If $(a,b)=(8,3)$, then $(g,h)$ could be $(4,1)$, $(5,2)$, or $(7,4)$. On paper at this point, for these three cases, I'd have:     $\not1\;2\;\not3\;\not4\;5\;6\;7\;\not8$;     $1\;\not2\;\not3\;4\;\not5\;6\;7\;\not8$;     and $1\;2\;\not3\;\not4\;5\;6\;\not7\;\not8$ (respectively). It should be clear from these lists with the already-used numbers crossed out that none of them permit two pairs with difference 2.

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Do you have a generalize way to solve these type of question, otherwise i have to solve million of those... – Victor Feb 19 '12 at 2:14
$+100$ for the "Also, here's how I'd solve it by hand" part. – Gigili Feb 19 '12 at 19:19

You have eight distinct positive integers from 1 to 8. Now considering the first equation:

$a-b=5$ : There are three possibilities for this to happen,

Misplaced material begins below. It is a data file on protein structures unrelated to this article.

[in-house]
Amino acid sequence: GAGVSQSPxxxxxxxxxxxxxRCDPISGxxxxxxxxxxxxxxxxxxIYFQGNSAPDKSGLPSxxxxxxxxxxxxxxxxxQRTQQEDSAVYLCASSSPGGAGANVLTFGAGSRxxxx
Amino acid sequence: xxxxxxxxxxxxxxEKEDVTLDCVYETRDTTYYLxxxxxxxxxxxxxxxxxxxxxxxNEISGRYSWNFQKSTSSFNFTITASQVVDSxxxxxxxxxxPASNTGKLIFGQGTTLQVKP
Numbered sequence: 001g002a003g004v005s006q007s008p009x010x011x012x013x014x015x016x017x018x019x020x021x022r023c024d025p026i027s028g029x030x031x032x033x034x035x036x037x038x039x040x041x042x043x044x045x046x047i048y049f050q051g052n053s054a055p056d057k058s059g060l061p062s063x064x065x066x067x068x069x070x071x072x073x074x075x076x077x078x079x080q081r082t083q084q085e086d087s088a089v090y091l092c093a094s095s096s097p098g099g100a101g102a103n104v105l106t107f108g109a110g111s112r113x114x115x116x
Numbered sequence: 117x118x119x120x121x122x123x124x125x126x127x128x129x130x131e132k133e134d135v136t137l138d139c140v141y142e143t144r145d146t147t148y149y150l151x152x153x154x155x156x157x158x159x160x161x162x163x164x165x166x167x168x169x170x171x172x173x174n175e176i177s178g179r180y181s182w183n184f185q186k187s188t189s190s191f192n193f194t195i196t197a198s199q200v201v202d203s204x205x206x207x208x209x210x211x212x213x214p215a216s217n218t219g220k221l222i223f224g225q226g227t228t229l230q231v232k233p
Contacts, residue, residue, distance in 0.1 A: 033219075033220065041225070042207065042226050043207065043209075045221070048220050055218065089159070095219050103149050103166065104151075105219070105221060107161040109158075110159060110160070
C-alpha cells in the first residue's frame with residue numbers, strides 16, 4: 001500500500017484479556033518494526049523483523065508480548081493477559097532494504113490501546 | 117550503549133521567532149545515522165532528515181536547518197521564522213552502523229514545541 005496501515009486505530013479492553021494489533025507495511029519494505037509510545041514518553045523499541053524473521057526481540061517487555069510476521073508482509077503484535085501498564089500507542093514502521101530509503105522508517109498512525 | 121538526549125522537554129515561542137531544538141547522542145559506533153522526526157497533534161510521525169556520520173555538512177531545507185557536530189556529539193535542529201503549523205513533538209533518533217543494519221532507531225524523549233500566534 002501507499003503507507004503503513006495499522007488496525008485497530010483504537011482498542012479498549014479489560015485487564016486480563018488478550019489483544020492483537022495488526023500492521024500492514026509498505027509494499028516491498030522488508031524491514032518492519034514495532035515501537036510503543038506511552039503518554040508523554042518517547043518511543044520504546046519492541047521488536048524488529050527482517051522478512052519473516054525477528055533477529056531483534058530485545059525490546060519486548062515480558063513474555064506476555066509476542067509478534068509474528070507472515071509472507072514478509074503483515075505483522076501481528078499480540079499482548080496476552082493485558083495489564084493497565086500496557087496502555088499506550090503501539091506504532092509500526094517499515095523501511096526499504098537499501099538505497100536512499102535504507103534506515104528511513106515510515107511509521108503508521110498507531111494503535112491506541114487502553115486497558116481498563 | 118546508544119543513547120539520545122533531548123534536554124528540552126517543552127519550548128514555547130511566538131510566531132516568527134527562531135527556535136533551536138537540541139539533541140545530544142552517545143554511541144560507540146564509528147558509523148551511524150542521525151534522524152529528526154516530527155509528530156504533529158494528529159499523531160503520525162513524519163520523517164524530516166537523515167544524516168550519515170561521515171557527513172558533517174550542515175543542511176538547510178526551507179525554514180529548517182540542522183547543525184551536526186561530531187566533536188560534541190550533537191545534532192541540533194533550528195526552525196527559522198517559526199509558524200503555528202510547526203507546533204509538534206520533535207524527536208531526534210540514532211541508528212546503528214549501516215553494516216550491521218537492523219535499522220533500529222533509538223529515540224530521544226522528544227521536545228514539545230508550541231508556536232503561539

$(a,b)$ : $(6,1)$, $(7,2)$ or $(8,3)$

  • Suppose $a=6$ and $b=1$, so considering other equations we should have $(4,2)$ and $(5,3)$, then there's no valid answer for the last equation $g-h=3$.
  • Suppose $a=8$ and $b=3$, for the second and third we can have $(4,2)$ and $(7,5)$, again the last one has no valid answer.

So the answer could be:

$a=7$, $b=2$, $c=3$, $d=1$, $e=6$, $f=4$, $g=8$ and $h=5$


$a=7$, $b=2$, $c=6$, $d=4$, $e=3$, $f=1$, $g=8$ and $h=5$


$a=7$, $b=2$, $c=8$, $d=6$, $e=5$, $f=3$, $g=4$ and $h=1$.

I solved the whole problem once again and found another answer. To make sure that I didn't make a mistake this time, I checked it using Mathemtica:

{{$a -> 7, b -> 2, c -> 3, d -> 1, e -> 6, f -> 4, g -> 8, h -> 5$},
{$a -> 7, b -> 2, c -> 5, d -> 3, e -> 8, f -> 6, g -> 4, h -> 1$},
{$a -> 7, b -> 2, c -> 6, d -> 4, e -> 3, f -> 1, g -> 8, h -> 5$},
{$a -> 7, b -> 2, c -> 8, d -> 6, e -> 5, f -> 3, g -> 4, h -> 1$}}